When you don’t take care of your gutters, they tend to fill up with dirt and leaves. This may sound obvious, but you’d be surprised at how quickly a gutter can get clogged with layers of mud that pour in from your roof! Over time, negligence can pose some serious problems for your roof and gutters. Here are several of the biggest dangers you face when you don’t properly maintain your property:
Leaks at the Edge of Your Roof
Gutter components are not designed to overflow. If you get a lot of rain in your area, your gutter system may not be able to cope if no one has been taking care of it. You’re likely to experience spillage and leaks around the edge of your roof. This can damage your roof and even cause your gutter brackets to rust (depending on the material used). Over time gutter sections can warp, tilt, sag and show other signs of wear and tear because of these perennial problems.
Gutter guards can help with this, but not all guards are suitable to every climate. Consult a professional before picking out any gutter accessories.
Do you have ice or snow built up on your roof? Ice, snow and worn, debris-filled gutters are a dangerous combination. Part of the gutter’s job in winter is to provide a place for melting ice and snow to drip away from the roof. If your gutter is filled with leaves and dirt, the water cannot escape as easily. When temperatures drop again, the water refreezes. This forms icy patches around your gutters. In addition, this can actually drive moisture back up under your shingles through repeated refreezing, and do serious damage to the edges of your roof. Having a clean gutter system is important when it comes to protecting your rooftop during winter.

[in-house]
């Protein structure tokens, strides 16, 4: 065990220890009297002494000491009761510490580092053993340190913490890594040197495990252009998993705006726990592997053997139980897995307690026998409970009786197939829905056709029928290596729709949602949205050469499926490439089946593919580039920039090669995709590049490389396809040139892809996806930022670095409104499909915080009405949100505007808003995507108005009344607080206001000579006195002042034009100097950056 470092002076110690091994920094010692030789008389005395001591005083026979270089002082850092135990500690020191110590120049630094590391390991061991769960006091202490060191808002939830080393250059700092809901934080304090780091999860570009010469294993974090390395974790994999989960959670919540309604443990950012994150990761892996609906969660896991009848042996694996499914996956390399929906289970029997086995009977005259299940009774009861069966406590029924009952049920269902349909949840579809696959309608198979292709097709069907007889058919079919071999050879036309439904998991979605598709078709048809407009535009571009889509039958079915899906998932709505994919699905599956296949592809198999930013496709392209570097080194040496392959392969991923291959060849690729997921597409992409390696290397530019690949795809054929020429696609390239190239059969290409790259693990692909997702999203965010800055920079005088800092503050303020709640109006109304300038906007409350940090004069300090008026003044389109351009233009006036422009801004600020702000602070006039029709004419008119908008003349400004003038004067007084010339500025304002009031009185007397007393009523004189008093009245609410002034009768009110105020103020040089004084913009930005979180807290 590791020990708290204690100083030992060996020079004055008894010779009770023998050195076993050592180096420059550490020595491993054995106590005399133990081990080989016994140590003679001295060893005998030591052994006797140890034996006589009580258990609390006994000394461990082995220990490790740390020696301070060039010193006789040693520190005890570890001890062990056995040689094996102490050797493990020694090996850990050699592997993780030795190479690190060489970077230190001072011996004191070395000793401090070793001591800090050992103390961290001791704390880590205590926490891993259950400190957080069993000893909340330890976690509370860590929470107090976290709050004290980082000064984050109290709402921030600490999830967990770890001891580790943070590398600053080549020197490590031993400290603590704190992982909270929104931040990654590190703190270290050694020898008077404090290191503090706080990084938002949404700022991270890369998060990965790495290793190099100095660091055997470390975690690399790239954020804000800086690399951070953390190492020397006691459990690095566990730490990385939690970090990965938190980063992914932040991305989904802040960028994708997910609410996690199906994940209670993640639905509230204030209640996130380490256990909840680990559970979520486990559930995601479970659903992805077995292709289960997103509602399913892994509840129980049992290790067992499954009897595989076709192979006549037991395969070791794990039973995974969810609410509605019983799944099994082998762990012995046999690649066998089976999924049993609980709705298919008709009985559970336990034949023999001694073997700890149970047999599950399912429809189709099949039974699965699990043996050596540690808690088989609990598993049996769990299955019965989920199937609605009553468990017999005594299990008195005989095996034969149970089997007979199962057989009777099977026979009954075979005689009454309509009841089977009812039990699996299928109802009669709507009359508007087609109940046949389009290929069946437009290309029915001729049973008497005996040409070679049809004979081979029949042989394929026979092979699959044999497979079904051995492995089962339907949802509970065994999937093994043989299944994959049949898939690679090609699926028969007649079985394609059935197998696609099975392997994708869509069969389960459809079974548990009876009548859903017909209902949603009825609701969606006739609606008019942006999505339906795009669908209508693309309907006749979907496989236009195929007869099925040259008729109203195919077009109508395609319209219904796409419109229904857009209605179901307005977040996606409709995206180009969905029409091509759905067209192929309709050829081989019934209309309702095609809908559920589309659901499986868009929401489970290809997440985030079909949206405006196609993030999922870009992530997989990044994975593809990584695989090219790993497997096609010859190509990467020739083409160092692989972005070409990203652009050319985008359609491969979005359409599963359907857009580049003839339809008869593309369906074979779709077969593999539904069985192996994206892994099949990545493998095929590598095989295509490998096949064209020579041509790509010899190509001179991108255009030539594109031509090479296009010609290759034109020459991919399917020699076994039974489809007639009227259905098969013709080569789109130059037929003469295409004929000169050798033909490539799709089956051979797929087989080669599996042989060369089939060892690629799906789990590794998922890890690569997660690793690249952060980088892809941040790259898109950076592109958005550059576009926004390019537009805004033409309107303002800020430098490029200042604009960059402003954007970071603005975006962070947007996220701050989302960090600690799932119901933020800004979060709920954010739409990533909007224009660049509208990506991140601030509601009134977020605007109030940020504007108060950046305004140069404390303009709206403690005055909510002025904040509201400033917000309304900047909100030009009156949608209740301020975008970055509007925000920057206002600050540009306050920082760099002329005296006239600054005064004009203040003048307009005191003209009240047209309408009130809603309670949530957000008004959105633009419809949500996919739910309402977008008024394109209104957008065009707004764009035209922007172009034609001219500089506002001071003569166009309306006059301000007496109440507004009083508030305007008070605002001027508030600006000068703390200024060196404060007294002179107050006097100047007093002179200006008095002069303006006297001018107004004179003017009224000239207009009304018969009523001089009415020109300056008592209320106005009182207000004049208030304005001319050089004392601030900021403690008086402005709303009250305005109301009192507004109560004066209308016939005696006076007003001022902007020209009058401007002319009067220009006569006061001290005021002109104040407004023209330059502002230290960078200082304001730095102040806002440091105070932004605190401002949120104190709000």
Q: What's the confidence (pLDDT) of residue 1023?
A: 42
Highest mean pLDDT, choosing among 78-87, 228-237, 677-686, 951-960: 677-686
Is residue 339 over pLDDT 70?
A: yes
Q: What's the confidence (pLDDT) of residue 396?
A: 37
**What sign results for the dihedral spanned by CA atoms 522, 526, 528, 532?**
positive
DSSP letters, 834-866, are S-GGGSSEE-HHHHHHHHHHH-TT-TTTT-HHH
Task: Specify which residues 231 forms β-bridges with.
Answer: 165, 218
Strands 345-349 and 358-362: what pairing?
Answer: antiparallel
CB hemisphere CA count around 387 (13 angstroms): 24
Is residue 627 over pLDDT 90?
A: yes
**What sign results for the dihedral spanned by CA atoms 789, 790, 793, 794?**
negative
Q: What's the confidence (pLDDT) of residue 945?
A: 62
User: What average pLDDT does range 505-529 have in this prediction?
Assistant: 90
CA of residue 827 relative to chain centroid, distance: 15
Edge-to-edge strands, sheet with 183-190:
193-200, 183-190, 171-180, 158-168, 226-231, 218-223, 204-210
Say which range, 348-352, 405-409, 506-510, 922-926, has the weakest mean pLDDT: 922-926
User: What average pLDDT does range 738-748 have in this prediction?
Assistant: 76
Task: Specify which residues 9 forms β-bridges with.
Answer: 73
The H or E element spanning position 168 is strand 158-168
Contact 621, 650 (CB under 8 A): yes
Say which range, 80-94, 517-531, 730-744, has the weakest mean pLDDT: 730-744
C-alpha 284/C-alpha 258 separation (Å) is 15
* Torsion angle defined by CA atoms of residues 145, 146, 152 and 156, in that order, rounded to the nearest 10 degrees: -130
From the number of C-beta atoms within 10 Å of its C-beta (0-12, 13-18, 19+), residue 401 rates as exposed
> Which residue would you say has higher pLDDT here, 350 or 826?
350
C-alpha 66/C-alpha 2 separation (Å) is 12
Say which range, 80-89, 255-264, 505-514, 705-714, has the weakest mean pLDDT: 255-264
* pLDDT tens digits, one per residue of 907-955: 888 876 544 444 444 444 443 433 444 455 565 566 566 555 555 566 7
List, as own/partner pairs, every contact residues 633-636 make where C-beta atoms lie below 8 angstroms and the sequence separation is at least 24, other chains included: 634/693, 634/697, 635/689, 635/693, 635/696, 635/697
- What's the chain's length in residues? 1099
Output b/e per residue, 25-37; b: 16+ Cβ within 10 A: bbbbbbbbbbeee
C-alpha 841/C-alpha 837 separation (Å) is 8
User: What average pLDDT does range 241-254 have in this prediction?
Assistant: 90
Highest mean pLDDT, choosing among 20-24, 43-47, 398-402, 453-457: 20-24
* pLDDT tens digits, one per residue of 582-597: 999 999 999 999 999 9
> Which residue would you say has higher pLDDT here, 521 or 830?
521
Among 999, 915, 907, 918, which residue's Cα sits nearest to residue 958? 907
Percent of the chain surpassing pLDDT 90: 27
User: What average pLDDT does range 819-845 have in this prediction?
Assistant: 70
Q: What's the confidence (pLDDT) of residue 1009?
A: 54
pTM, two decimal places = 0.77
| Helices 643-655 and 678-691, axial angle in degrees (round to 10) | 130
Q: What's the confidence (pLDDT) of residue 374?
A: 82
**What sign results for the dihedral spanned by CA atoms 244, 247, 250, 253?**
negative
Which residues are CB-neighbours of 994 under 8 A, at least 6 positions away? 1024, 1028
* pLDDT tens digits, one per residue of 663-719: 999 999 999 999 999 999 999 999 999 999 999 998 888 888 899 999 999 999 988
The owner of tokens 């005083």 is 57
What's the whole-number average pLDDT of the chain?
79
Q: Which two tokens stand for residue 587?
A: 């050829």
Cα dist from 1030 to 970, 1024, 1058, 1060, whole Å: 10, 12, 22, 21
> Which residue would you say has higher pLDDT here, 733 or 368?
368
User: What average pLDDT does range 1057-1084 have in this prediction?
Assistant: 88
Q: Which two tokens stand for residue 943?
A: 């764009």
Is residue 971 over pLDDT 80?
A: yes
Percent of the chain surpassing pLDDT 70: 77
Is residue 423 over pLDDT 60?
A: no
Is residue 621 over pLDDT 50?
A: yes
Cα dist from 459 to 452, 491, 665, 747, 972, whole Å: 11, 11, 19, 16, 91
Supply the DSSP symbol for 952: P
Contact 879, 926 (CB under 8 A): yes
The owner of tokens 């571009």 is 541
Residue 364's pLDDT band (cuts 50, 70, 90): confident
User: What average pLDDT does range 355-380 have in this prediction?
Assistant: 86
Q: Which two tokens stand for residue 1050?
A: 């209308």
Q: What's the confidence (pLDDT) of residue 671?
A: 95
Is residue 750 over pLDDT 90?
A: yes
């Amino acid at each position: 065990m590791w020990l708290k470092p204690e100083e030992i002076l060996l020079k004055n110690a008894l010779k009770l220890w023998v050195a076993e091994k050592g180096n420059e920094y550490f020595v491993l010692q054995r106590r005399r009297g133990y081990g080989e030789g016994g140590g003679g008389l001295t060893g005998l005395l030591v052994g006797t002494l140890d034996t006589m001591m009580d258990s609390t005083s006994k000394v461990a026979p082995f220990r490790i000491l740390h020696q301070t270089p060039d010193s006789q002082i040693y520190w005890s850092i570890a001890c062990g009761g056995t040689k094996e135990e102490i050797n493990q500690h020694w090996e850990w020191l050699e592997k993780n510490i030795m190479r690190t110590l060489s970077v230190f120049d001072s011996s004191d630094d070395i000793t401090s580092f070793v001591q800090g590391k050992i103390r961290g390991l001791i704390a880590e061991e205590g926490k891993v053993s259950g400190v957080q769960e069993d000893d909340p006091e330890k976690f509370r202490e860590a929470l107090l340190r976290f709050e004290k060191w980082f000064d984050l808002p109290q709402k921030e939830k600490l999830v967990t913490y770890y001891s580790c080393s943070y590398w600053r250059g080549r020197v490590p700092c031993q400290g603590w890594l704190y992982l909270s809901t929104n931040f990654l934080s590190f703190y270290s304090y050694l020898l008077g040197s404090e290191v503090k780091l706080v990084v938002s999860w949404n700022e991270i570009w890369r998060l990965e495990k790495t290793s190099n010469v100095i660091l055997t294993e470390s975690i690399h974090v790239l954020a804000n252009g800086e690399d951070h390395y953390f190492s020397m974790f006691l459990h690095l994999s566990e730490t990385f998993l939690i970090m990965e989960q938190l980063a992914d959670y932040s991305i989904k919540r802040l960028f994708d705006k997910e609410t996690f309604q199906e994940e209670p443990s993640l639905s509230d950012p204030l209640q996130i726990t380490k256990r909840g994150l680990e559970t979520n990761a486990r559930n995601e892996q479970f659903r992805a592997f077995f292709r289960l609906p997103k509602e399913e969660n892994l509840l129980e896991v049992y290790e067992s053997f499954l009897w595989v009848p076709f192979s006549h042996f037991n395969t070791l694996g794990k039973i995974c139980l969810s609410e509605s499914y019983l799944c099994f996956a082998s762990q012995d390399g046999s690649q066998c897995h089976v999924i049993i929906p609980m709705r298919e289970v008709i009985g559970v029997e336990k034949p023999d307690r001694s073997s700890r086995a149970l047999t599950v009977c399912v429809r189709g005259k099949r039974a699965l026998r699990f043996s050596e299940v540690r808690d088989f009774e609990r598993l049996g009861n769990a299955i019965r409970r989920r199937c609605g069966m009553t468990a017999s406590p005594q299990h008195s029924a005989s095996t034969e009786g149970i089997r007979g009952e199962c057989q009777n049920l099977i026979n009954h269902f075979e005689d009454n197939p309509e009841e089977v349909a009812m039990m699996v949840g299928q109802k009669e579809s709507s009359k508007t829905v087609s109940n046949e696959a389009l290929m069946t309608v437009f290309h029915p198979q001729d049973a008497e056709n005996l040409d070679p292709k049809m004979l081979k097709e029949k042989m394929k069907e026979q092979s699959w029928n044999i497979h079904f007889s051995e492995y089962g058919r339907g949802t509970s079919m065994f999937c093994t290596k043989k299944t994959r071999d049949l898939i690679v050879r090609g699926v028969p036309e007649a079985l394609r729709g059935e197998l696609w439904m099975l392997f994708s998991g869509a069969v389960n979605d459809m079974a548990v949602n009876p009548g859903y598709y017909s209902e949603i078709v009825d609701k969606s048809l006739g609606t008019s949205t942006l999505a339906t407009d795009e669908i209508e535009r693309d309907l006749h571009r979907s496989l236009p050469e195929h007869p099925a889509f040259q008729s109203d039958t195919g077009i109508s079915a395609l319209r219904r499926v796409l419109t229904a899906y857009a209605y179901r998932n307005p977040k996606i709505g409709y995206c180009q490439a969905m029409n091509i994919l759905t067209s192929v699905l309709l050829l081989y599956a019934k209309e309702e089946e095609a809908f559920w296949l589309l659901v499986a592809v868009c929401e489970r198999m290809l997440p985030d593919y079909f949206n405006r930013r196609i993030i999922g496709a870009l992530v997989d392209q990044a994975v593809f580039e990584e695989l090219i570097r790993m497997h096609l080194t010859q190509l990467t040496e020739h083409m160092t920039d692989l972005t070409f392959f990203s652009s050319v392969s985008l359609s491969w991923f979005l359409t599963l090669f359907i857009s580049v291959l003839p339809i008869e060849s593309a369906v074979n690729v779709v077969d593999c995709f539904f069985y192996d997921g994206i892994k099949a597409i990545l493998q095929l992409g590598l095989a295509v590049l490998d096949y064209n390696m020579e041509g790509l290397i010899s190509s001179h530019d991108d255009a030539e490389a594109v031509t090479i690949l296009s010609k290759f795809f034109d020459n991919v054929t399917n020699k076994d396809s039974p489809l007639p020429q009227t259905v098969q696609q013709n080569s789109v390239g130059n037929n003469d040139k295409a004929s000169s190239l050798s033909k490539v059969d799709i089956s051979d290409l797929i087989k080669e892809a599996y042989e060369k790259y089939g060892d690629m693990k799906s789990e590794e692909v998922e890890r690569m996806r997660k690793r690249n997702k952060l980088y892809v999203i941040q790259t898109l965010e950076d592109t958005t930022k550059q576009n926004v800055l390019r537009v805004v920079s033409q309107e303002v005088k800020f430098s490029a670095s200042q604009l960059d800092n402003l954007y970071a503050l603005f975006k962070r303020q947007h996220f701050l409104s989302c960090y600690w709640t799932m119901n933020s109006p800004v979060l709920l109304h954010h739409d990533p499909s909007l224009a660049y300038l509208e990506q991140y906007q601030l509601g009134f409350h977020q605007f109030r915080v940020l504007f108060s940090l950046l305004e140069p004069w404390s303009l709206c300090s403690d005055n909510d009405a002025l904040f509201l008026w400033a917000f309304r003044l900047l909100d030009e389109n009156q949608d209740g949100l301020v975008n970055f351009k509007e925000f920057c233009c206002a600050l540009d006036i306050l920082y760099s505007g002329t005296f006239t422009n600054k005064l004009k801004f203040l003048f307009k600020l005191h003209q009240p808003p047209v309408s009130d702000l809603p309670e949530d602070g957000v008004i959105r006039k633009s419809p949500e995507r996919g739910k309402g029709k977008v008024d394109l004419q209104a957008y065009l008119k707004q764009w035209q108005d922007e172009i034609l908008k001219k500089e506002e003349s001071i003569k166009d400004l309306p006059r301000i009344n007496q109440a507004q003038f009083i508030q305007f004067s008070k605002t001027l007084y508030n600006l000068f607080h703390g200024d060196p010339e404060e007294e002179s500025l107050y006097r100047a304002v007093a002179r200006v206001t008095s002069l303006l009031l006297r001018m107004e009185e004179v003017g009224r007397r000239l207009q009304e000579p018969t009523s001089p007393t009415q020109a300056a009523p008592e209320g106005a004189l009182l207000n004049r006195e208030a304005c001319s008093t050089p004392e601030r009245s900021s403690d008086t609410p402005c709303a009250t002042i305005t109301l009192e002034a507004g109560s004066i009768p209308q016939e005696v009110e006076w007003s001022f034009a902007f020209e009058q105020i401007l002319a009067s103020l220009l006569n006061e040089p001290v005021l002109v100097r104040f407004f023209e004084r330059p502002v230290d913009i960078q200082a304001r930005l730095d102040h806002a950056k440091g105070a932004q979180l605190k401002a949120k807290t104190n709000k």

What happens when gutter systems overflow? That water has to go somewhere, and it probably won’t be heading to your downspout. If your gutters are crammed with debris and mud, they will fill up faster than intended and that water will start spilling down the sides – straight onto your eaves and siding. In bad rainstorms, your siding gets drenched in water for hours. This can lead to siding damage, discoloration, mildew, and to moisture seeping behind your siding and doing even more internal damage.
Sometimes the result is even worse and gutter water pours onto your foundation, leading to cracks and structural damage over time.
Failed Gutter Problems
Ultimately, worn and poorly maintained gutter sections will fail. Gutters are designed to withstand the weight of water for brief periods – not the weight of ice and debris for long periods of time. Poorly maintained gutter components put too much strain on their brackets and eventually collapse, potentially damaging other parts of your house on the way.